College of Science and Health > Faculty & Staff > Faculty A-Z > Windsor Aguirre

Windsor Aguirre

  • Associate Professor, Evolutionary Biology
  • ​​​​PhD​​​​
  • Biological Sciences
  • ​Evolutionary Biology, Ichthyology

  • (773) 325-8005
  • ​McGowan South, Room 221A       

Classes Taught
  • Concepts in Evolution (BIO 335/435)
  • Molecular Methods in Ecology and Evolution (BIO 321/421)​
  • Evolution (BIO 235)
  • Biostatistics (BIO 206)
  • General Biology II for Science Majors (BIO 192)
  • Evolution and Society (BIO 104) - Part of the Short-Term Study Abroad Program Galapagos: Evolution and Society 
  • Evolution in Health and Medicine (BIO 110)

Research Interests
Aguirre's lab is broadly interested in studying the early stages of evolutionary diversification and how different factors facilitate or constrain evolution. Most of the research in the lab involves fishes, with projects taking place in a variety of geographic locations from tropical (e.g., Ecuador) to temperate (e.g., Alaska, Chicago)  ecosystems. Many different tools are used to tease apart the complexity of biological systems, including geometric morphometrics to study morphological variation and molecular markers to study genetic variation.

Research projects in the lab are quite diverse and include studies of the evolution of body form of closely related fishes adapting to different habitats, the impact of human-mediated habitat transformation on fishes, and the evolutionary history and population genetic structure of Neotropical fish species. A major focus of the lab involves studying how the axial skeleton responds to the evolution of body form as populations adapt to different habitats, the functional significance of these changes, and the underlying developmental mechanisms. The lab is also conducting basic research on the ecology and evolution of freshwater fish species in western Ecuador.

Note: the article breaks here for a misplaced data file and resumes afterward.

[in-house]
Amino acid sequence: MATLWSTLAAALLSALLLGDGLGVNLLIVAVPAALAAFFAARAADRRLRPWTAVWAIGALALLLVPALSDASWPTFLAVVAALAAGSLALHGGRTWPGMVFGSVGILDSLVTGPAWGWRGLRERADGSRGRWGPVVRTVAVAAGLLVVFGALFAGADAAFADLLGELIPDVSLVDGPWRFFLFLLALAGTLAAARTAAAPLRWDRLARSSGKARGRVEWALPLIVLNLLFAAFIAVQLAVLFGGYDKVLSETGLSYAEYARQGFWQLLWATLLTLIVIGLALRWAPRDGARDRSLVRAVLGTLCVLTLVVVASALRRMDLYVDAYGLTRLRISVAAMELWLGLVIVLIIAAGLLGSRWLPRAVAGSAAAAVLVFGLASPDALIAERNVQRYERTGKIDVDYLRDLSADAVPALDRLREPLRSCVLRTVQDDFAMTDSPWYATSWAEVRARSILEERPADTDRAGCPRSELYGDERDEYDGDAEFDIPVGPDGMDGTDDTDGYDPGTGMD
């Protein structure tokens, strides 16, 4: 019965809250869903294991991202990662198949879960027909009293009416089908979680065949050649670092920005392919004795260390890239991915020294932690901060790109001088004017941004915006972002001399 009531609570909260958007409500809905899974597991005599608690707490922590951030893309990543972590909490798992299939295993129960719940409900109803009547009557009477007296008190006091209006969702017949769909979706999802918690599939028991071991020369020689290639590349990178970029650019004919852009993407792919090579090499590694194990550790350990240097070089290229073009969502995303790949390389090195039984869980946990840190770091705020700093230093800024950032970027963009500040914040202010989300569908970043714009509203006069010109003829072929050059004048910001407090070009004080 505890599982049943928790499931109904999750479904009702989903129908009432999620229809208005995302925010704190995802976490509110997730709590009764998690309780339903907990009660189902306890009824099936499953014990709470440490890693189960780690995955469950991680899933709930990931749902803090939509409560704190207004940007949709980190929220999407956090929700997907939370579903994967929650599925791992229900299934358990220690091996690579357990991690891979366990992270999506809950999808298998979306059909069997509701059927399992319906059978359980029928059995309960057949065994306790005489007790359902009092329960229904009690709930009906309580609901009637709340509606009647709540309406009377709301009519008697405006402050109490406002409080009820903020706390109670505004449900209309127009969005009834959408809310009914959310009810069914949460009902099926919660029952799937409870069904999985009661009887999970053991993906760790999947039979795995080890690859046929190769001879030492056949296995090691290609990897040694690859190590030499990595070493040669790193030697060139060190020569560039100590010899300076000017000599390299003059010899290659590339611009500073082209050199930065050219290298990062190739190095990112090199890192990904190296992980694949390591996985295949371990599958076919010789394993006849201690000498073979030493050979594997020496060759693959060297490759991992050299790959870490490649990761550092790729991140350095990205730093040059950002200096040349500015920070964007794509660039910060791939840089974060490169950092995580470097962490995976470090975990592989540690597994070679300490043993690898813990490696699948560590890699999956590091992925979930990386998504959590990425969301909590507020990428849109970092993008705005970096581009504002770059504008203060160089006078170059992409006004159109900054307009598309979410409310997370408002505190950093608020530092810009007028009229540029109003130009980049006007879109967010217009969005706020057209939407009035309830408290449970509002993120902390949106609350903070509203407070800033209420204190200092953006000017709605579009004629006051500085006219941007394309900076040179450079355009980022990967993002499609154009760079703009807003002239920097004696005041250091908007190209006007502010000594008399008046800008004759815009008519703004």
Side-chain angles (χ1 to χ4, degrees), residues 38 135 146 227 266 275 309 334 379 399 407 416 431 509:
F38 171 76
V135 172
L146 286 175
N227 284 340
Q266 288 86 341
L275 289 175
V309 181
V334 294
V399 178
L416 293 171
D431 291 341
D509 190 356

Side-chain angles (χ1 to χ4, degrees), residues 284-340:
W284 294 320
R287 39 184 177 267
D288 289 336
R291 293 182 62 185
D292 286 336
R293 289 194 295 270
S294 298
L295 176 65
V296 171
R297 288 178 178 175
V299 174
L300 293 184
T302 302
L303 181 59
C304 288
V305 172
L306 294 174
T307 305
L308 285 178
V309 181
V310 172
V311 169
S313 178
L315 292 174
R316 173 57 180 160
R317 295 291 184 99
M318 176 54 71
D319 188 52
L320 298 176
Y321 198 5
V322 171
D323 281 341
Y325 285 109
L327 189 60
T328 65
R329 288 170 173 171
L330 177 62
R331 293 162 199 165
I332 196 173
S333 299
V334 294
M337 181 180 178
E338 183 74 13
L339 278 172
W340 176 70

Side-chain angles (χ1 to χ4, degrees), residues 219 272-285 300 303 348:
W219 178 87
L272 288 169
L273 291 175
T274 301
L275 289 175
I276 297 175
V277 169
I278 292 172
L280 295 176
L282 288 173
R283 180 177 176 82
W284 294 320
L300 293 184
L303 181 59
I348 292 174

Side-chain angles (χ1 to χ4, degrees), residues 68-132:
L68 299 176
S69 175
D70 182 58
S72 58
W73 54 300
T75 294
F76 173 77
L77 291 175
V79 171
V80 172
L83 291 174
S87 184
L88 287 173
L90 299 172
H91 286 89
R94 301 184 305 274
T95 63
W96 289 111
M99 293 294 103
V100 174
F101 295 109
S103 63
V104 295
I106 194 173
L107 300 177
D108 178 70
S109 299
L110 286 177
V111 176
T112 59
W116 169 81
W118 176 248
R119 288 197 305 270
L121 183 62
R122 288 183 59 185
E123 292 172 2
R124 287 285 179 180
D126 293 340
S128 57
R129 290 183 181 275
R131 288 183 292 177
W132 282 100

Select Publications
 Alava, J.J., Calle, P., Tirape, A., Biedenbach, G., Alvarado Cadena, O., Maruya, K., Lao, W., Aguirre, W., Jimenez, P.J., Dominguez, G.A., Bossart, G.D., Fair, P.A. 2020. Persistent organic pollutants and mercury in genetically identified inner estuary bottlenose dolphin (Tursiops truncatus) residents of the Guayaquil Gulf, Ecuador: Ecotoxicological science in support of pollutant management and cetacean conservation. Frontiers in Marine Science 7:122.

Reyes, W.D., and W.E. Aguirre. 2019. Effects of temperature variation on vertebral number and body shape in Astyanax mexicanus (Teleostei: Characidae). PLoS One 14(7): e0219677.
Aguirre, W.E., A. Young, R. Navarrete Amaya, J. Valdiviezo Rivera, P. Jiménez Prado, R. Cucalón Tamayo, T. Borders, F. Nugra Salazar, P. Calle Delgado, and V. Shervette. 2019. Vertebral number covaries with body form and elevation along the Western Slopes of the Ecuadorian Andes in the Neotropical fish genus Rhoadsia (Teleostei: Characidae). Biological Journal of the Linnean Society 126:706-720.
Malato, G., V.R. Shervette, R. Navarrete Amaya, J. Valdiviezo Rivera, F. Nugra Salazar, P. Calle Delgado, K.C. Karpan, and W.E. Aguirre. 2017. Parallel body shape divergence in the Neotropical fish genus Rhoadsia (Teleostei: Characidae) along elevational gradients of the Western Slopes of the Ecuadorian Andes. PLoS One 12(6):e0179432.
Aguirre, W.E., S.E. Contreras, K.M. Carlson, A.J. Jagla, and L. Arellano. 2016. Evolutionary diversification of body form and the axial skeleton in the Gasterosteoidei — the sticklebacks and their closest relatives. Evolutionary Ecology Research 17:373-393.

Professional Activities
  • Academic Editor PLoS One
  • Research Associate, Field Museum of Natural History​
  • Chair of the DePaul University IACUC Committee
  • Director of Graduate Studies and Chair of the Graduate Committee for the Department of Biological Sciences 
  • Chair of the Department of Biological Sciences Web Page Committee
Professional Society Memberships
  • Fellow of the Linnean Society of London
  • Life Member of the Society for the Study of Evolution
  • Member of the American Society of Ichthyologists and Herpetologists